SINGAPORE United Overseas Bank (UOB), the smallest of Singapore's three listed banks, posted a 0.3 percent rise in fourth-quarter net profit, beating expectations, but recorded higher provisions for bad loans amid an economic slowdown.
The bank said risks are largely manageable and the underlying economic fundamentals are strong enough to withstand shocks as the region enters a period of slower growth.
UOB's net profit came in at S$788 million ($563 million) in the three months ended December, versus S$786 million a year earlier and above an average forecast of S$768 million from six analysts polled by Reuters.
"Financial markets will continue to grapple with volatility and uncertainty in 2016 underpinned by ongoing concerns such as the impact of falling oil prices and China's slowdown on the global economy," CEO Wee Ee Cheong said in a statement.
Singapore banks have so far defied a slowdown in China and weak commodity prices which has hit energy services firms, but analysts are looking for more signs of asset quality deterioration in 2016.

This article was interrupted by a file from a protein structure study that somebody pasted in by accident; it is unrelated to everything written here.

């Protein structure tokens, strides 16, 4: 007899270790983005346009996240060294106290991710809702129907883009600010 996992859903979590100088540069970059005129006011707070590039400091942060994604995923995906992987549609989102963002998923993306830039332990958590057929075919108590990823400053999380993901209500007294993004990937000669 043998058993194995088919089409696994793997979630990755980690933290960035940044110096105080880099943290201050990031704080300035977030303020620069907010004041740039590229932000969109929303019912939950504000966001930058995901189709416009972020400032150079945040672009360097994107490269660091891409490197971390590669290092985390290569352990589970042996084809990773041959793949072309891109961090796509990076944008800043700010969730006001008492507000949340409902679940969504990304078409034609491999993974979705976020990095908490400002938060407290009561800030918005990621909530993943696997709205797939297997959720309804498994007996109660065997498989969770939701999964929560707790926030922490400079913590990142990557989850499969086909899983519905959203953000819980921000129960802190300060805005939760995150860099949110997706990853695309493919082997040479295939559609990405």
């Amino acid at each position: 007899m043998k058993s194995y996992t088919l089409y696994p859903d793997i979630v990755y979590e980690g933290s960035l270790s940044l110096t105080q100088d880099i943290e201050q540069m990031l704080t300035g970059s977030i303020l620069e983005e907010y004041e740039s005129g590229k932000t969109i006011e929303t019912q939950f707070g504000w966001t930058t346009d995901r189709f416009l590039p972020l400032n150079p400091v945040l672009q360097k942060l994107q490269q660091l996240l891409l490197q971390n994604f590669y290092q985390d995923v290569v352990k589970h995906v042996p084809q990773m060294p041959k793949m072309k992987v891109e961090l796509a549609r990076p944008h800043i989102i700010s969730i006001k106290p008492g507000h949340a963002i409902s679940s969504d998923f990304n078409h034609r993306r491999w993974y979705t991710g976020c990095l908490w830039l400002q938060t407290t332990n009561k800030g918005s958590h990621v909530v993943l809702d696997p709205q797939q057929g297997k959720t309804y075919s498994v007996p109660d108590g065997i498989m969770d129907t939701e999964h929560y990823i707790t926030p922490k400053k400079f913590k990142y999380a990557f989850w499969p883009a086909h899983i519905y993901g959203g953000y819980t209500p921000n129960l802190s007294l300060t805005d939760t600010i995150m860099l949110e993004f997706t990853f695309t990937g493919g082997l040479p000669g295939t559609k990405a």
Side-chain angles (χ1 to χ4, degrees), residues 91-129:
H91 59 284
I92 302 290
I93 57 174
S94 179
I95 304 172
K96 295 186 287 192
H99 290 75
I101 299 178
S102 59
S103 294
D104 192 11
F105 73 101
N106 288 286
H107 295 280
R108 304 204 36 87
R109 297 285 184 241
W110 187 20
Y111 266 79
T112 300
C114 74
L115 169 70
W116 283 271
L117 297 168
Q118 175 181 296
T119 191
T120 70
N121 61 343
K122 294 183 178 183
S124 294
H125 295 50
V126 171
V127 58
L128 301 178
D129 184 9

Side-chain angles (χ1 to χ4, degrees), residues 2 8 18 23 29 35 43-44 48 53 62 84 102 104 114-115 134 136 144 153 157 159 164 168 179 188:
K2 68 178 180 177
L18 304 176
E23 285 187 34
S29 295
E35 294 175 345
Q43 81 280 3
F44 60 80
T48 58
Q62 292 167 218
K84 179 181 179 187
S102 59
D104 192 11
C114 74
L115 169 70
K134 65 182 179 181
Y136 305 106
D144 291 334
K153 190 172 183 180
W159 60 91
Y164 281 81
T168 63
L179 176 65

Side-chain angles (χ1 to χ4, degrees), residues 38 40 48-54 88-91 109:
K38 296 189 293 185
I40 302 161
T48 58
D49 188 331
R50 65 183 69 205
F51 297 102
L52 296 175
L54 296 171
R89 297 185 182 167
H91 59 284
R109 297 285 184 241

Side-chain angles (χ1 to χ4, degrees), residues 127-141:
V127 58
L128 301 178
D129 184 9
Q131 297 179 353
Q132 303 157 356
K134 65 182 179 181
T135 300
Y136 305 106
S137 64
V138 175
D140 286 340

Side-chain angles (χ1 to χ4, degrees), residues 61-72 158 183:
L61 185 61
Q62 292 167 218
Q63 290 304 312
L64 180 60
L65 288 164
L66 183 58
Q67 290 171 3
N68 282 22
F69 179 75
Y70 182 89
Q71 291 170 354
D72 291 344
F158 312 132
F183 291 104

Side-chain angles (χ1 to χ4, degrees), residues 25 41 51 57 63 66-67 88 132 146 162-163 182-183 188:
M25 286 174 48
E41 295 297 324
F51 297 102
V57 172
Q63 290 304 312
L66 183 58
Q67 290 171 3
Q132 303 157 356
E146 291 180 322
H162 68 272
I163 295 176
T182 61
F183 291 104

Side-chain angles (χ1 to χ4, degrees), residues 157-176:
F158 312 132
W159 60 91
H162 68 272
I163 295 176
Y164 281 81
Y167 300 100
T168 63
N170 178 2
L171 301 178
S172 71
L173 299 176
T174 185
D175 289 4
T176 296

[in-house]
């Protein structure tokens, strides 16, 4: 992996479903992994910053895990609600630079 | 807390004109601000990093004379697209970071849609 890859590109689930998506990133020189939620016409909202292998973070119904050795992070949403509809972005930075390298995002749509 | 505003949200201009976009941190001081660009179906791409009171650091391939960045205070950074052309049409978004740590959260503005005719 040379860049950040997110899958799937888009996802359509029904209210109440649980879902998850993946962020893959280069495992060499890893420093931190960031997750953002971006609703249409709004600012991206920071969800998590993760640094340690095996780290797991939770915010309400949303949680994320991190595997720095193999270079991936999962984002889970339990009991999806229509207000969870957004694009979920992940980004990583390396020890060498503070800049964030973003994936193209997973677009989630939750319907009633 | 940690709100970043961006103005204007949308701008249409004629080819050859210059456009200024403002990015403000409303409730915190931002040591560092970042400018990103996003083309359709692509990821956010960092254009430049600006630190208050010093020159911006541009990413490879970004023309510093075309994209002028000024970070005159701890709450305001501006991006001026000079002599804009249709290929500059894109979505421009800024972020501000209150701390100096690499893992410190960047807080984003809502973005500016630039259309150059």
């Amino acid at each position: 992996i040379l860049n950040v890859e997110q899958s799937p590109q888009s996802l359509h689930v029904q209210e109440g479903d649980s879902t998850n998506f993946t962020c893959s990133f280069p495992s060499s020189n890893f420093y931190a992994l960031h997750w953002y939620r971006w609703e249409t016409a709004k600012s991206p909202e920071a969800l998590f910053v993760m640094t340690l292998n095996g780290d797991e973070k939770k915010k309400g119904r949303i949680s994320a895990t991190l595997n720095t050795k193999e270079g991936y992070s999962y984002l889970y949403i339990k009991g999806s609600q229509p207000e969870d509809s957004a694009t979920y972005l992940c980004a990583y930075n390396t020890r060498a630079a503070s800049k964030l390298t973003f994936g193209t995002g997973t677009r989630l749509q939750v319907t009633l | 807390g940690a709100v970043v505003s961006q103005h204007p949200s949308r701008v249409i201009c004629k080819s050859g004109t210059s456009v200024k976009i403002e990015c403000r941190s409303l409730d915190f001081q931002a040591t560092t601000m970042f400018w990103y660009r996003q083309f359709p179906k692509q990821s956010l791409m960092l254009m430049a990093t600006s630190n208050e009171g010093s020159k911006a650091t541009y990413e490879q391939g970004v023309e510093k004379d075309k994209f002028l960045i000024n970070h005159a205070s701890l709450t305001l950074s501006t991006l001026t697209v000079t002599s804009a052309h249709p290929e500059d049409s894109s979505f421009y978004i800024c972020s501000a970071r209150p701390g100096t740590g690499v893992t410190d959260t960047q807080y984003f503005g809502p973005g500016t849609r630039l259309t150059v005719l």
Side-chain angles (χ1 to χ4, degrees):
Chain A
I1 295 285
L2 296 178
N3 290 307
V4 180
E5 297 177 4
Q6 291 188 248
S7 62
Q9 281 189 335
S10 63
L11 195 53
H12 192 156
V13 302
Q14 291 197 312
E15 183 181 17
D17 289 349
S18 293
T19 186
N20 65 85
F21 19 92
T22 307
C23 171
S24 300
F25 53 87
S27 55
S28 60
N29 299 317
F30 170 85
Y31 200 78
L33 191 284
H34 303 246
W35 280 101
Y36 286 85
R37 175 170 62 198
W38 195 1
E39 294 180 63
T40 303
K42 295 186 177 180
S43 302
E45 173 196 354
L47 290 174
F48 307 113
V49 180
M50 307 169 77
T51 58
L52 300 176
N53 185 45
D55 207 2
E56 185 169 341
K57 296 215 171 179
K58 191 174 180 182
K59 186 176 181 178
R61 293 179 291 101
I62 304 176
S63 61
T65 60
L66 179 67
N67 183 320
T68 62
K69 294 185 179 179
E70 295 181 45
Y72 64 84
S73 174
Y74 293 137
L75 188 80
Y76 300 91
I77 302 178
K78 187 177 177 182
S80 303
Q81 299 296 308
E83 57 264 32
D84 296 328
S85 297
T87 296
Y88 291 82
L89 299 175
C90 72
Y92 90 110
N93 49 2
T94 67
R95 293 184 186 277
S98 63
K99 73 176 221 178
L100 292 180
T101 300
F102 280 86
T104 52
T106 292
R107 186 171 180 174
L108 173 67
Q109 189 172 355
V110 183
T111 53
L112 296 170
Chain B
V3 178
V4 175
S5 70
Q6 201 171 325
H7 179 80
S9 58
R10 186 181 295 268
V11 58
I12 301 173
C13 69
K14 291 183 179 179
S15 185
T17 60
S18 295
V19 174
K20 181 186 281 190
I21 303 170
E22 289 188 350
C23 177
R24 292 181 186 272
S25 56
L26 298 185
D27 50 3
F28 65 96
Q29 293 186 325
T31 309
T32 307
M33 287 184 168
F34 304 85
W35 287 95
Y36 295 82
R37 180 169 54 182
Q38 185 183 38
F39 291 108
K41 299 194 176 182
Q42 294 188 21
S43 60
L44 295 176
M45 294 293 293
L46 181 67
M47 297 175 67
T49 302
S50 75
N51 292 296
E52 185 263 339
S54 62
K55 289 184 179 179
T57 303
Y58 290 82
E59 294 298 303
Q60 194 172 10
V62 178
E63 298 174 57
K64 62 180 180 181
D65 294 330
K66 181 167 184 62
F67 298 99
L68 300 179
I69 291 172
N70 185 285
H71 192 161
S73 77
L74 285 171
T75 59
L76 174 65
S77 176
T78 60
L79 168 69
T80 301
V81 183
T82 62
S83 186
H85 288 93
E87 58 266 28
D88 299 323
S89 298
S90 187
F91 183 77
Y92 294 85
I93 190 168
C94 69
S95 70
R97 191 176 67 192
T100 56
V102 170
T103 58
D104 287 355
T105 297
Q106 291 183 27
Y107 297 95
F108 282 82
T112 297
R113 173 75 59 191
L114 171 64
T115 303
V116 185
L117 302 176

UOB benefited form a 10 basis point rise in net interest margin which helped boost its net interest income by 9.3 percent. Customer loans grew at only 3.9 percent in the fourth quarter, up from the third quarter when loans grew at 3.6 percent.
UOB posted a 14.6 percent rise in provisions for bad loans with specific charges set aside for Singapore, Indonesia and Greater China.
($1 = 1.3989 Singapore dollars)
(Reporting by Saeed Azhar; Editing by Richard Pullin and Stephen Coates)
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